Jamaica Observer / In the wake of yet another fire at one of the island’s licensed waste disposal sites, the second in as many weeks, the Jamaica Environment Trust (JET) has expressed frustration at what it describes as the decades-old inadequate management and neglect of the facilities. Speaking against the background of a blaze at the Retirement dump in St James on the weekend, which the Government says is suspected to be the work of arsonists, JET argued that recurring fires there and at other State dumps speak to a broader problem of poor management.

“Waste management and public health are urgent priorities requiring expertise, accountability, enforcement, sufficient resources and, most importantly, action,” the group said in a statement.

It argued that: “Retirement, Riverton and the five other licensed dump sites suffer from decades of neglect. None of Jamaica’s dumps are landfills — there is no control of leachate, methane emissions, and only very rudimentary separation. The conditions around, and in some cases on the dump sites, include squatter settlements, animals being kept in unsanitary conditions, people picking waste without protective gear — entirely substandard living conditions.”

The current blaze started on Saturday night. It follows the June 28 fire at the Riverton facility in Kingston.

“Dump fires are a significant source of air pollution and are a public health hazard for those living in close proximity to these sites. [They] are especially dangerous as they can emit dangerous fumes from the combustion of the wide range of materials contained within the dump, inlcuding carbon monoxide, hydrogen sulphide, volatile organics, dioxins and furans,” JET stressed in a statement to the media yesterday.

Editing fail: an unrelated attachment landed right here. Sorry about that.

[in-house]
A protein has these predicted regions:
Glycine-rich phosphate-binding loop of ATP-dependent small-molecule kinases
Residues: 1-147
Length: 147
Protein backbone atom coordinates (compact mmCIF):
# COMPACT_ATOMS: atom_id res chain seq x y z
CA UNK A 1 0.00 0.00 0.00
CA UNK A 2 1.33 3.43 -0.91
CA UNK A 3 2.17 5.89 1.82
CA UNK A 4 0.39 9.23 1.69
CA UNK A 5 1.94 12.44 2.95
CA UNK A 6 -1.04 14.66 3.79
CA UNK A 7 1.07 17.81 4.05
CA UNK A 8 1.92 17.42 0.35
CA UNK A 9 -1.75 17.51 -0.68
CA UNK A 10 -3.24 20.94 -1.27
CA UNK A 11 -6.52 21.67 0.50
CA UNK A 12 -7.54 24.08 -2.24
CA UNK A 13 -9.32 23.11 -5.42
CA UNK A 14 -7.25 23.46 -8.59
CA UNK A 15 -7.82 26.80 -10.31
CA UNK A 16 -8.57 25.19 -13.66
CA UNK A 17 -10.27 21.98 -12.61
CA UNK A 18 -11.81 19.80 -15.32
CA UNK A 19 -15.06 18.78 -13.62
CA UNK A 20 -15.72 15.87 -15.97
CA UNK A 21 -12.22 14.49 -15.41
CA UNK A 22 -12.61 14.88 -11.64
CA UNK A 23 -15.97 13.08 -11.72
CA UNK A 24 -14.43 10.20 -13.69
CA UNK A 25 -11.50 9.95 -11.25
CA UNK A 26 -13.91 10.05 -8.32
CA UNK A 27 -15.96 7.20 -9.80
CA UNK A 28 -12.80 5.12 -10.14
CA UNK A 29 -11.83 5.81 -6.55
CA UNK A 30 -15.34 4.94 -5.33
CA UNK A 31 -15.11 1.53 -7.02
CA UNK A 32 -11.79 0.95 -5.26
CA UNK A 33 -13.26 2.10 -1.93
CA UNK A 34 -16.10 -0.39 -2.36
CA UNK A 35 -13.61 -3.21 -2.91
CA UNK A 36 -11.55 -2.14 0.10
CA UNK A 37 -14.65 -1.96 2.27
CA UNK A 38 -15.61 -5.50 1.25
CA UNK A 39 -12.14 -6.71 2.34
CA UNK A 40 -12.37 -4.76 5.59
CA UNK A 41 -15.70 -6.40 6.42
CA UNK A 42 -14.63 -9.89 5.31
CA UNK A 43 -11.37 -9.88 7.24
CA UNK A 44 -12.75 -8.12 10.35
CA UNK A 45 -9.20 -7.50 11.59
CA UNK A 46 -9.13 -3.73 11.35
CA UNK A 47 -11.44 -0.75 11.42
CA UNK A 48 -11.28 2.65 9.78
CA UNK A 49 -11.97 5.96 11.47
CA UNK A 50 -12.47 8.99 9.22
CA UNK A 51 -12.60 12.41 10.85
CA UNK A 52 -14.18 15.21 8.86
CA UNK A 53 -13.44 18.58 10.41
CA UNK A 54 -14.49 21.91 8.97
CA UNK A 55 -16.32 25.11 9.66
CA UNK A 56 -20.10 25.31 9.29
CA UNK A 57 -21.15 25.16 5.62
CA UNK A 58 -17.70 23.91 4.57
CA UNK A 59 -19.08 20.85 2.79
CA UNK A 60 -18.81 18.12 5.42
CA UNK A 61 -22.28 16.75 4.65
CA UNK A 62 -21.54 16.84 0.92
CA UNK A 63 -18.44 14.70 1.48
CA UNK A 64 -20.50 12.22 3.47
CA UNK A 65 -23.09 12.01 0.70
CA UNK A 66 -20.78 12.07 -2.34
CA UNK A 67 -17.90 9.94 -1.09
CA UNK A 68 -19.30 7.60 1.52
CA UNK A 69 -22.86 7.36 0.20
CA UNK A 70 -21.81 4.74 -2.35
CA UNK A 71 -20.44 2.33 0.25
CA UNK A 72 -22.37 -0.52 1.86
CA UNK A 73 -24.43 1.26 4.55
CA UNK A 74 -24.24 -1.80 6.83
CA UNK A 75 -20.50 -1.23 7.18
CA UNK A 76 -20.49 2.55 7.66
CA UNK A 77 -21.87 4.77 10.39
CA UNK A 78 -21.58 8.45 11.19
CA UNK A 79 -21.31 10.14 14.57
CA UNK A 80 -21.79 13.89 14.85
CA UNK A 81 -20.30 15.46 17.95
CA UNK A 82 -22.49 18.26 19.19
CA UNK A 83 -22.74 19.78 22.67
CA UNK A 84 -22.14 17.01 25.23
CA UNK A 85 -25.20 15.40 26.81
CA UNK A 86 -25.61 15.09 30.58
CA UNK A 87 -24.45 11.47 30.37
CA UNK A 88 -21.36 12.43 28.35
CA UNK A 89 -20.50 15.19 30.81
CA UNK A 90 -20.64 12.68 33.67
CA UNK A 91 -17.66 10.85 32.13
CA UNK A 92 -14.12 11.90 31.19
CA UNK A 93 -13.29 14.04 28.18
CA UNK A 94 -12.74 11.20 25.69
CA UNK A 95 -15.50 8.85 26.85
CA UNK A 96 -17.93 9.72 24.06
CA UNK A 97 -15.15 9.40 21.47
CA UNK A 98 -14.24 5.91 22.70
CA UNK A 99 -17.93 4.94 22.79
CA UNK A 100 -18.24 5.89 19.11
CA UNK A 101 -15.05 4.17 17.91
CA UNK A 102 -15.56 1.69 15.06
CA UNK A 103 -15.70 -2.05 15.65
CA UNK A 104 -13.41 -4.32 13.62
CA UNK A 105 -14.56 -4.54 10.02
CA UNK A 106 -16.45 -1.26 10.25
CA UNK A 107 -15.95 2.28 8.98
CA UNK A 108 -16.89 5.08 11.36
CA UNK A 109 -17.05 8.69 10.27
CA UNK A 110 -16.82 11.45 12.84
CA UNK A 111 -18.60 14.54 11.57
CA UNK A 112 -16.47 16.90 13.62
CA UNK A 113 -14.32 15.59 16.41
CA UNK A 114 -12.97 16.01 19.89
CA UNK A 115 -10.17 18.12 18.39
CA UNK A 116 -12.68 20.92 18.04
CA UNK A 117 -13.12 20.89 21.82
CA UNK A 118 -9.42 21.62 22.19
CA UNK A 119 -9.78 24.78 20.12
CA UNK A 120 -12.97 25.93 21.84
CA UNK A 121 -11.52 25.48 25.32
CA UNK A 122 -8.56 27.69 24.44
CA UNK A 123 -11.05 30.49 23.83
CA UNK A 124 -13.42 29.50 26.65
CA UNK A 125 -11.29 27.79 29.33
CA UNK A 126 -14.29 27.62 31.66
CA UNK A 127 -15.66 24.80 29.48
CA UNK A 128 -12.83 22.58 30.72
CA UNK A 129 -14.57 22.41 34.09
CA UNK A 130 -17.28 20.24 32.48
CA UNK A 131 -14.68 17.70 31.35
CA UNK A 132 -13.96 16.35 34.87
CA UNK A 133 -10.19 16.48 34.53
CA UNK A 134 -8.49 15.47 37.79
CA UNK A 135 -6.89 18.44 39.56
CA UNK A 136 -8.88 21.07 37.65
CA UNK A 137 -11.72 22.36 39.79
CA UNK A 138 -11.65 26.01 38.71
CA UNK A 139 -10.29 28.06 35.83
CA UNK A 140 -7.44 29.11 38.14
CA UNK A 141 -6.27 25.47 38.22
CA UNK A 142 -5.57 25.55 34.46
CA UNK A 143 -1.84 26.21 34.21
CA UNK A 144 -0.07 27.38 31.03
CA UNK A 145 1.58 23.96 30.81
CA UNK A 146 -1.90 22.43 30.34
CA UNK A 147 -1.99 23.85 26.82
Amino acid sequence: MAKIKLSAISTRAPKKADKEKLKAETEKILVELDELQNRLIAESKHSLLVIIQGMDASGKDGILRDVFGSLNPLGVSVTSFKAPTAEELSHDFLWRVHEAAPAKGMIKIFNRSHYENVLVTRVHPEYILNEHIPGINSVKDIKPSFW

The environment protection lobby organisation stressed that proper, effective and efficient solid waste management has been a vexed issue in the country for decades, one on which successive political administrations have failed to take the necessary action.

“Ministries, departments and agencies continue to fail at carrying out their duties at an adequate level in order to protect the health of Jamaican citizens,” the group lamented.

JET said it was therefore calling on the current Administration to take urgent action to bring the Retirement fire under control and take steps to prevent a reccurrence.

Meanwhile, head of the National Solid Waste Management Authority (NSWMA) Audley Gordon has promised that the dump should return to “normal operations” within three days. He reported that the NSWMA has crews on site managing the fire, which started in a gully area on the outskirts of the dump that he said is very difficult to access.

“We are constructing an access road so as to allow the fire and heavy units to put out the blaze. Our team along with the fire department have been working intensely to get to the origin of the fire,” Gordon said.

He explained that as a result of the control efforts, there is a smoke nuisance over sections of Montego Bay, but said he was confident that the fire will be put out shortly.

“We have available several pieces of equipment including a front-end loader, excavator and D9, among others, to manage the situation,” he informed, adding that 100 loads of soil and marl would also be transported to the area to bring things under control.


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